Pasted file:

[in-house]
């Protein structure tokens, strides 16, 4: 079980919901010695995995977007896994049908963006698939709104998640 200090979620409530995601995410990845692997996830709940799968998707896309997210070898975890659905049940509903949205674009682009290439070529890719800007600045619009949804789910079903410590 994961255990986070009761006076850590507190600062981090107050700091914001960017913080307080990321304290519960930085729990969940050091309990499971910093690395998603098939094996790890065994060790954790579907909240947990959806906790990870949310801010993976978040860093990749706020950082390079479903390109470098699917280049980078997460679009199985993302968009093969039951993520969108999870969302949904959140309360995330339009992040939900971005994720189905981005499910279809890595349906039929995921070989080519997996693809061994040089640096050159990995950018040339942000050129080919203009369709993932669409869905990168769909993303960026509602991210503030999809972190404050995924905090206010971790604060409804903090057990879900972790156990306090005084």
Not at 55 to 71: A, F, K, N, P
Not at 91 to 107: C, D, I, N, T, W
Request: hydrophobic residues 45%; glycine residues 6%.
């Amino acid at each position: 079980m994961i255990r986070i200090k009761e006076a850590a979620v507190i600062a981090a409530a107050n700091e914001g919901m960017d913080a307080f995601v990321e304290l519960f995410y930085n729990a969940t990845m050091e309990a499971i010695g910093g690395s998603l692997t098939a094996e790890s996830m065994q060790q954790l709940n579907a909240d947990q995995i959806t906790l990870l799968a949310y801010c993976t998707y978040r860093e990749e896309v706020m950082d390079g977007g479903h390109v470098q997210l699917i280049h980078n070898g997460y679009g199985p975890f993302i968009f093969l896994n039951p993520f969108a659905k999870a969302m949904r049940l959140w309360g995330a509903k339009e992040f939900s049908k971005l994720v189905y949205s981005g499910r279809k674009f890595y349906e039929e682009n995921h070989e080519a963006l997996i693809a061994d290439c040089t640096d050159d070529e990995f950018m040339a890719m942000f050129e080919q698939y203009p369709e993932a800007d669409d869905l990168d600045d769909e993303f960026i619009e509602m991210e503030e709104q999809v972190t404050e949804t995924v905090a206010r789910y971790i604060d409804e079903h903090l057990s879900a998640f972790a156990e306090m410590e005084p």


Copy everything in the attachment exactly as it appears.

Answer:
[in-house]
């Protein structure tokens, strides 16, 4: 079980919901010695995995977007896994049908963006698939709104998640 200090979620409530995601995410990845692997996830709940799968998707896309997210070898975890659905049940509903949205674009682009290439070529890719800007600045619009949804789910079903410590 994961255990986070009761006076850590507190600062981090107050700091914001960017913080307080990321304290519960930085729990969940050091309990499971910093690395998603098939094996790890065994060790954790579907909240947990959806906790990870949310801010993976978040860093990749706020950082390079479903390109470098699917280049980078997460679009199985993302968009093969039951993520969108999870969302949904959140309360995330339009992040939900971005994720189905981005499910279809890595349906039929995921070989080519997996693809061994040089640096050159990995950018040339942000050129080919203009369709993932669409869905990168769909993303960026509602991210503030999809972190404050995924905090206010971790604060409804903090057990879900972790156990306090005084």
Not at 55 to 71: A, F, K, N, P
Not at 91 to 107: C, D, I, N, T, W
Request: hydrophobic residues 45%; glycine residues 6%.
């Amino acid at each position: 079980m994961i255990r986070i200090k009761e006076a850590a979620v507190i600062a981090a409530a107050n700091e914001g919901m960017d913080a307080f995601v990321e304290l519960f995410y930085n729990a969940t990845m050091e309990a499971i010695g910093g690395s998603l692997t098939a094996e790890s996830m065994q060790q954790l709940n579907a909240d947990q995995i959806t906790l990870l799968a949310y801010c993976t998707y978040r860093e990749e896309v706020m950082d390079g977007g479903h390109v470098q997210l699917i280049h980078n070898g997460y679009g199985p975890f993302i968009f093969l896994n039951p993520f969108a659905k999870a969302m949904r049940l959140w309360g995330a509903k339009e992040f939900s049908k971005l994720v189905y949205s981005g499910r279809k674009f890595y349906e039929e682009n995921h070989e080519a963006l997996i693809a061994d290439c040089t640096d050159d070529e990995f950018m040339a890719m942000f050129e080919q698939y203009p369709e993932a800007d669409d869905l990168d600045d769909e993303f960026i619009e509602m991210e503030e709104q999809v972190t404050e949804t995924v905090a206010r789910y971790i604060d409804e079903h903090l057990s879900a998640f972790a156990e306090m410590e005084p």